Despite being formed only 15 days ago and having just 11 members, the Independent Group is making waves both on and offline.
The pro-EU group, formed last month after MPs from Labour and the Conservatives left their respective parties due to dissatisfaction over Brexit policies.
Although their long-term impact on the outcome of Brexit remains to be seen, their social-first campaign appears to be resonating well with digital natives.
With the social media efforts of the Conservative and Labour parties often labelled out-of-touch, the Independent Group’s social media strategy has already gained them a loyal following.
As it stands, The Independent Group has 198K followers on Twitter, with Labour having 657k and the Conservatives having 365k. The Independent Group’s social media presence, including Facebook, Instagram, Twitter and YouTube accounts has a total of 202k followers.
Although the numbers may be smaller, the group has received significantly more positive social media engagements since it formed, and is already halfway to matching the Conservatives for Twitter followers.
The Independent Group’s social media in data
Social media analysis by marketing technology company 4C Insights reveals that The Independent Group is seeing good results, with 56% of all social media engagements on Facebook and Twitter being positive.
Measured between 18th February and 26th February 2019 across Facebook and Twitter proportionally, The Independent Group had significantly more positive engagements than The Labour Party and The Conservative Party over the same period, which had 49% and 45% respectively.
This is despite Independent Group member Angela Smith attracting negative attention just hours after the group’s formation over her comments appearing to refer to people from a BAME background as having a “funny tinge”.
The Independent Group was also the only party to increase the number of engagements. This covers mentions, retweets, comments and post likes using official Facebook pages and Twitter handles, as well as related keywords and hashtags. Over this period, the organisation saw a climb of 13.8%. Both of the established parties suffered drops in engagement of more than 23%.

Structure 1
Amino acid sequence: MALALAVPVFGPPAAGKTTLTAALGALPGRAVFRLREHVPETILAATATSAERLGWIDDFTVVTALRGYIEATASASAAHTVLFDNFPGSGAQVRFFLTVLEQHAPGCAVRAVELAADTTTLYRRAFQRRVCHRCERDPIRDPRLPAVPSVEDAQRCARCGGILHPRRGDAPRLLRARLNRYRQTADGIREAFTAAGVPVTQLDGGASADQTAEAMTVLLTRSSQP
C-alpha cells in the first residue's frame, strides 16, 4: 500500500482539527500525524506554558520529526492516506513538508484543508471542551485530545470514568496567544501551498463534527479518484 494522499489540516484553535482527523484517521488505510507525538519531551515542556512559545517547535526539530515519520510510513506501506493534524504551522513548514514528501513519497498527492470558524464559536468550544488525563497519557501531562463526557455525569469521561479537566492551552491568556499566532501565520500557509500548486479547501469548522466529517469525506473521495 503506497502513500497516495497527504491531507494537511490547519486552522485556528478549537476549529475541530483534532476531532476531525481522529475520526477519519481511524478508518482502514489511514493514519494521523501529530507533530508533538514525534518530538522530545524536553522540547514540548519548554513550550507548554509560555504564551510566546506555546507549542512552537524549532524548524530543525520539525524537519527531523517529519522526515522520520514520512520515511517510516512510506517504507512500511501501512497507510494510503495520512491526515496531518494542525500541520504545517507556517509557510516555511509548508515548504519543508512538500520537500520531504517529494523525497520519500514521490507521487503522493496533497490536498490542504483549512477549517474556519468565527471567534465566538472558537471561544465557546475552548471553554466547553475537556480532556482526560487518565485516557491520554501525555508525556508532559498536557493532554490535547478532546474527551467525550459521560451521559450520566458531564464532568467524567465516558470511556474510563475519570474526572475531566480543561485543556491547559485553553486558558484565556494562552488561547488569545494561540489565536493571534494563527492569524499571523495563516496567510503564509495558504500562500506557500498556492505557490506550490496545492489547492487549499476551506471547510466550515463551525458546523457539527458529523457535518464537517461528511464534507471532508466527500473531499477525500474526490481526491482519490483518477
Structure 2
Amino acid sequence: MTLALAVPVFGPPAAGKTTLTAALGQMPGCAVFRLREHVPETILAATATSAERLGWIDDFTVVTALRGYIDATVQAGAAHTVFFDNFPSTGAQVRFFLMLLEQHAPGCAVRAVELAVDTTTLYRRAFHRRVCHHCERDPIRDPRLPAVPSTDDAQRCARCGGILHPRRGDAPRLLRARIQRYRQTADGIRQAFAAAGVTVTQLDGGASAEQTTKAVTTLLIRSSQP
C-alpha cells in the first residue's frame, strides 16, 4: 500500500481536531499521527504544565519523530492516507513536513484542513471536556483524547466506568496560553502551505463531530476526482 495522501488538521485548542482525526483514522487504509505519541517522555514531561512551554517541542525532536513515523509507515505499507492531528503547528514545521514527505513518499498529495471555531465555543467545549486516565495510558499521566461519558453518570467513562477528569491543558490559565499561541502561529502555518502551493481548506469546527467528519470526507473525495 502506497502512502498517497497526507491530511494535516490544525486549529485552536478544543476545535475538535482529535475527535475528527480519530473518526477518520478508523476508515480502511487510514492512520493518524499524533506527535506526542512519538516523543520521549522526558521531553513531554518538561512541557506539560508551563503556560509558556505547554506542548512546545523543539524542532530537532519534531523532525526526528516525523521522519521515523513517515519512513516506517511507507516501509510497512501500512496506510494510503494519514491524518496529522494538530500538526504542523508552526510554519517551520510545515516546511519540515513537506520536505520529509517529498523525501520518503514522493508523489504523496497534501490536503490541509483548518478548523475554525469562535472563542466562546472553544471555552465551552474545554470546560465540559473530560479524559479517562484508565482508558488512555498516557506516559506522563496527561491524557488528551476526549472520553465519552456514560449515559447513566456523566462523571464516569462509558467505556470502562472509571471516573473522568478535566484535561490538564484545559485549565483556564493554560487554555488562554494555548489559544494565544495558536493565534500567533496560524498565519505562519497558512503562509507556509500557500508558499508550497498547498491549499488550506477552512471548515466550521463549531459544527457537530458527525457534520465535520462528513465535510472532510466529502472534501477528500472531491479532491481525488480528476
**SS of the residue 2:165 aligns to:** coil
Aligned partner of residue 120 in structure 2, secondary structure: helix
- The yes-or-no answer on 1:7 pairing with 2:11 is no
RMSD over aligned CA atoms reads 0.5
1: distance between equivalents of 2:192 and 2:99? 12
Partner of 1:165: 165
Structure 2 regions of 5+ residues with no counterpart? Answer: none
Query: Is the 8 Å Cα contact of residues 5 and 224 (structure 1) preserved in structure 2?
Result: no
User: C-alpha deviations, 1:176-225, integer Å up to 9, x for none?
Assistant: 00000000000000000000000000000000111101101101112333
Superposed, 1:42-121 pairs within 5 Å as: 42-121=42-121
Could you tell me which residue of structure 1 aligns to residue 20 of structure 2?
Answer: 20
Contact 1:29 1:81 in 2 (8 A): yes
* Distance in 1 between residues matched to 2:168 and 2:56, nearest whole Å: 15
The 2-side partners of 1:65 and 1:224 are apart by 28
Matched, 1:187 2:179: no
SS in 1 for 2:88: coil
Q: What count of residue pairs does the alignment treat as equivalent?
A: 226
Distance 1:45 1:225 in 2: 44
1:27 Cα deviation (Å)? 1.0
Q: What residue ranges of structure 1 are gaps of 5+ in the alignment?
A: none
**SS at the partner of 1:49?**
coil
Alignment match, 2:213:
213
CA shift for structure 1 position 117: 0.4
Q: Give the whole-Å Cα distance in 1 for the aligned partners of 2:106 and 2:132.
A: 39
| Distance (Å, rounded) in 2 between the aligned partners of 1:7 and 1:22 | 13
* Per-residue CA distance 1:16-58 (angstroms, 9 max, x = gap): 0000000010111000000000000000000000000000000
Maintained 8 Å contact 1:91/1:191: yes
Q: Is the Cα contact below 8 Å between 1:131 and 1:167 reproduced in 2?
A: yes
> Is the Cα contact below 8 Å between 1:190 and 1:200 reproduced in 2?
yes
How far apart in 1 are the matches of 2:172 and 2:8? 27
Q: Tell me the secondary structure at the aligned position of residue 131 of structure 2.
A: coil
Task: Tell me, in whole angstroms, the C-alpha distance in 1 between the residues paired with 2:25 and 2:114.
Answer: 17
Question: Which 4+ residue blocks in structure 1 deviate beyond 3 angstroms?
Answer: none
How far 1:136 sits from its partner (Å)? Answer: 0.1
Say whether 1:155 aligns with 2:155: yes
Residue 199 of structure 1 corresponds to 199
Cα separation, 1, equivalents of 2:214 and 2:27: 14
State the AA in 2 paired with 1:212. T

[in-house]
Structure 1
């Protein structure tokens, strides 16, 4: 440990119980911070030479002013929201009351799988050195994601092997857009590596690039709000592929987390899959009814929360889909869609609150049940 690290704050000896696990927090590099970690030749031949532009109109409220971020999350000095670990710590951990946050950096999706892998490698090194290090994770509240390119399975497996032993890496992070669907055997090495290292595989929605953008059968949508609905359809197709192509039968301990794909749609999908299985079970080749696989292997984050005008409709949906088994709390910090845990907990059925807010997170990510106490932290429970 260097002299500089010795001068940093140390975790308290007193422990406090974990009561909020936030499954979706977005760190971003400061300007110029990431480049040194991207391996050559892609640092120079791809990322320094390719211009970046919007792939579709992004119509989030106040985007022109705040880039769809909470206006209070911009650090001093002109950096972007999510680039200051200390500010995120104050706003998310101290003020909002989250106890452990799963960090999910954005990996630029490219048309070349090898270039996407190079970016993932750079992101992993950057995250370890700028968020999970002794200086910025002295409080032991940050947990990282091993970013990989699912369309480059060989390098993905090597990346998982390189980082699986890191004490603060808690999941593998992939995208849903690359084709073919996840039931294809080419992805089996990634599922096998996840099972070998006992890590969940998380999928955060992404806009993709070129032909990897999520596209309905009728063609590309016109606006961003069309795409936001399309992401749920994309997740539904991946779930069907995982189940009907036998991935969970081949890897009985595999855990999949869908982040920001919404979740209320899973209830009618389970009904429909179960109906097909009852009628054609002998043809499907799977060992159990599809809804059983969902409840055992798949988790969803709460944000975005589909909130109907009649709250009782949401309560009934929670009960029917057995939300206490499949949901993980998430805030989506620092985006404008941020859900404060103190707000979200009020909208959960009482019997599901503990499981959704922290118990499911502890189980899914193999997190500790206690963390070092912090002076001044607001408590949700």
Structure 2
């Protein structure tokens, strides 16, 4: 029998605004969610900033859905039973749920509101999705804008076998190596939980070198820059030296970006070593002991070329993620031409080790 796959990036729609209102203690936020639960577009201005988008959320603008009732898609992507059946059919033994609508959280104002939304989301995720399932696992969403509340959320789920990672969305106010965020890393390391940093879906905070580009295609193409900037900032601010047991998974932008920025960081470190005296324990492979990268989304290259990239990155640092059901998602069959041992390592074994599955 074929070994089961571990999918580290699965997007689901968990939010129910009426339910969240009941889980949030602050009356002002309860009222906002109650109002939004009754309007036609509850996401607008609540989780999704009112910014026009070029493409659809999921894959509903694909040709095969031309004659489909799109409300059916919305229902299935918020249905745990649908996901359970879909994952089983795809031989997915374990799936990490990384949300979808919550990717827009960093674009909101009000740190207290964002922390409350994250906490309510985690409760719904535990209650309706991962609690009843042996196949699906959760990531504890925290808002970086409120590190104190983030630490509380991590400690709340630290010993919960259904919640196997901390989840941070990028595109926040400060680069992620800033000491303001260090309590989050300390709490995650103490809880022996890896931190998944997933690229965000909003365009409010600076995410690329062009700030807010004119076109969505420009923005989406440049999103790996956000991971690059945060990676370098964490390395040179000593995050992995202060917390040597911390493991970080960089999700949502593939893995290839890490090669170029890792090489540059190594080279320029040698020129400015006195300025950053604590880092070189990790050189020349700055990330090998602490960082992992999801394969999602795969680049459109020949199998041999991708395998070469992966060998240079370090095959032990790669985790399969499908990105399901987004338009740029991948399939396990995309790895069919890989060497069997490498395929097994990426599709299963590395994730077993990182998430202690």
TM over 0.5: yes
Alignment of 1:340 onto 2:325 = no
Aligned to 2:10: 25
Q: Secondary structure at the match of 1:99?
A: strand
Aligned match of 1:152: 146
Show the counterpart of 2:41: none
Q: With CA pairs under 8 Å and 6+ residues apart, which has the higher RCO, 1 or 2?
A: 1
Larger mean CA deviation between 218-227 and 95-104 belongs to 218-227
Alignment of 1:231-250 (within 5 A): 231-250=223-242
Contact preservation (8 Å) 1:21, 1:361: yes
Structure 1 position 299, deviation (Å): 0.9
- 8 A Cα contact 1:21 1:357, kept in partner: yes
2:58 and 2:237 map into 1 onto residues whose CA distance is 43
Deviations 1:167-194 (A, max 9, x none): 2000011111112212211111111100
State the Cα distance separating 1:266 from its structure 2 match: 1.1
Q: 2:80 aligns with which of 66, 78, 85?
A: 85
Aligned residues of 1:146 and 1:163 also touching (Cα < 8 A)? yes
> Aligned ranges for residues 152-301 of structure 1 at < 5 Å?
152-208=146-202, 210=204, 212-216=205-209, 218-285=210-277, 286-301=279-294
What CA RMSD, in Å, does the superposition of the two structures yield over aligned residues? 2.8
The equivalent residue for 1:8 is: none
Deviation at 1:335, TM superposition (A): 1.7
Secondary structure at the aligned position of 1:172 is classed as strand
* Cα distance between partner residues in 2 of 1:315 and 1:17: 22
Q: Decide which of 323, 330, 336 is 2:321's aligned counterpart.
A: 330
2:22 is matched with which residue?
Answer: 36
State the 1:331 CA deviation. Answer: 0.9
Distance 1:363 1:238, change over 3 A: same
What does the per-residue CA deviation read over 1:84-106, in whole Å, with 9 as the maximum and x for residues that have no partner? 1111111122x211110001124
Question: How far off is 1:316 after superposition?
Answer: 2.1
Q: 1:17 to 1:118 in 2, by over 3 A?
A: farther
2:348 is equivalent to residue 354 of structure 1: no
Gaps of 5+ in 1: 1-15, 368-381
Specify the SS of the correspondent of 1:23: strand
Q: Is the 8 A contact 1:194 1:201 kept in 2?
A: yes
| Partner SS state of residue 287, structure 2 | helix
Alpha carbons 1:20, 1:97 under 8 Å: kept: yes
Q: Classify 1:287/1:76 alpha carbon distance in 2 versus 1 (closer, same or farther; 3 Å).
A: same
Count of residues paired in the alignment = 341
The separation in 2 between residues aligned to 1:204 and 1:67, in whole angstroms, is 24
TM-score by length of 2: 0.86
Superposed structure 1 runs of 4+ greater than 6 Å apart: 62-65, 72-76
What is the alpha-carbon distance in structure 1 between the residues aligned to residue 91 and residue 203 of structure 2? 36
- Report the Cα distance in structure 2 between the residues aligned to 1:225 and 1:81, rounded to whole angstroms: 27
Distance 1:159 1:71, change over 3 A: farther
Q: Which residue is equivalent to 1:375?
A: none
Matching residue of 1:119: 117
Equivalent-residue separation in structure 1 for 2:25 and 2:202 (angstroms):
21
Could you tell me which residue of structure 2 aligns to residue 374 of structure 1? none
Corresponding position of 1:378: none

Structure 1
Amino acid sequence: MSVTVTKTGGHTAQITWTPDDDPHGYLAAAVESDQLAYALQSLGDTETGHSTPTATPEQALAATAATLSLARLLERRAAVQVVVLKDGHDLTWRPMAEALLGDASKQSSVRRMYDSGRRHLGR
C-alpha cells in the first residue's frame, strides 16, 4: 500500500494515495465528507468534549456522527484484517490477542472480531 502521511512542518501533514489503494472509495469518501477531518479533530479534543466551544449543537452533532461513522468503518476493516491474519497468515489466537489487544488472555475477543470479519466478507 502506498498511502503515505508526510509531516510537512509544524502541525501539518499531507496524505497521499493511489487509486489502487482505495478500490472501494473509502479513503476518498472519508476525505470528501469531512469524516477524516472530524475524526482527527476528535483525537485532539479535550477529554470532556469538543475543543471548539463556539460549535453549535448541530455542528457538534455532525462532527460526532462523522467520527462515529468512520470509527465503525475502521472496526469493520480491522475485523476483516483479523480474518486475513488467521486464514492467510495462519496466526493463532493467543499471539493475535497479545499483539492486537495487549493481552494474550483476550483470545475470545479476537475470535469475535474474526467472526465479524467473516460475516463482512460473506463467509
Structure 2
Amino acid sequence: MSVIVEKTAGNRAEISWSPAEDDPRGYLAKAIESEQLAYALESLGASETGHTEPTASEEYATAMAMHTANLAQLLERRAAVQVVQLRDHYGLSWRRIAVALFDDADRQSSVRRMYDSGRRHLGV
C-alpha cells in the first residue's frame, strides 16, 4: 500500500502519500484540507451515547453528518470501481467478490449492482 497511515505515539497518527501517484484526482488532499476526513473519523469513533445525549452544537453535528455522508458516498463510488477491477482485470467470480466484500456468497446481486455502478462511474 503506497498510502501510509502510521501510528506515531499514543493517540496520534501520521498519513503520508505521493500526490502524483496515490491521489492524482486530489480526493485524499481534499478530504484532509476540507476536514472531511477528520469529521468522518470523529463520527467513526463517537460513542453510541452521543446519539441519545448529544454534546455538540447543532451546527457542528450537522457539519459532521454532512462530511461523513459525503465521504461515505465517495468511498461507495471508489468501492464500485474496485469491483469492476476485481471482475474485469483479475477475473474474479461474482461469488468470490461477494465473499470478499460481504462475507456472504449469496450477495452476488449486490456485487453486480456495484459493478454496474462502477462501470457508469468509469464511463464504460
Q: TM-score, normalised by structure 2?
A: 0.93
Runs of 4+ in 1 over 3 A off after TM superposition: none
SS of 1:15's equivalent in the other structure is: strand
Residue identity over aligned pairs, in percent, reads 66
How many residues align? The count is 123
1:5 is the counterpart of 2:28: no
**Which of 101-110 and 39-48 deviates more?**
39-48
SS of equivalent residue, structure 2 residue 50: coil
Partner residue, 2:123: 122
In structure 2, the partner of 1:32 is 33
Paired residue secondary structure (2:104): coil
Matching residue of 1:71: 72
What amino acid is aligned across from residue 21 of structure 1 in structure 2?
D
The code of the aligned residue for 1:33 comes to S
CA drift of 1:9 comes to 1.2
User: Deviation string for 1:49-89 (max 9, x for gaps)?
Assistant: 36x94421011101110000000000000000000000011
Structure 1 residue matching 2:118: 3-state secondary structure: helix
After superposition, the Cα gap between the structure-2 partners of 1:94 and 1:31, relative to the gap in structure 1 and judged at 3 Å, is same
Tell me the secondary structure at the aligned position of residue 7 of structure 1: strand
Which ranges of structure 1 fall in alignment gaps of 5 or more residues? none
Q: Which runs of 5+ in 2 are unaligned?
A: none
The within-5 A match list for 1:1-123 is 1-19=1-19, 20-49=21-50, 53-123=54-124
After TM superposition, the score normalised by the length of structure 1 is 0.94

The Independent Group’s social media strategy appears to be significantly different to the two largest parties, focusing on delivering short, captioned videos, which have seen high levels of engagement.
Notably, the Independent Group has more followers than pro-Labour political organisation Momentum, known for its innovative social media strategy for engaging young voters, suggesting that the group has managed to capture the interest of this young demographic.
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Aaron Goldman, CMO, 4C Insights believes that the engagement The Independent Group has had online demonstrates the need for digital-first campaigning for political parties:
“The success The Independent Group is enjoying in the digital sphere is a reflection of the sound, social-first awareness campaign the nascent party has been running to date. A simple as it sounds, sharing glimpses into the meetings being held – such as the famous Nando’s Twitter pic – are clever devices to paint a picture of a tightly knit team that can move fast and stay relevant.”
However, he believes that engaging with the younger generation will not necessarily lead to winning an election:
“Of course, no one channel operating in isolation can change mindsets. Social and traditional political marketing will need to go hand in hand. However, to engage with the younger generations, and inspire them to vote and engage with politics, social should be at the core of everything they do. Whether they win an election or not, The Independent Group has already proved a point.”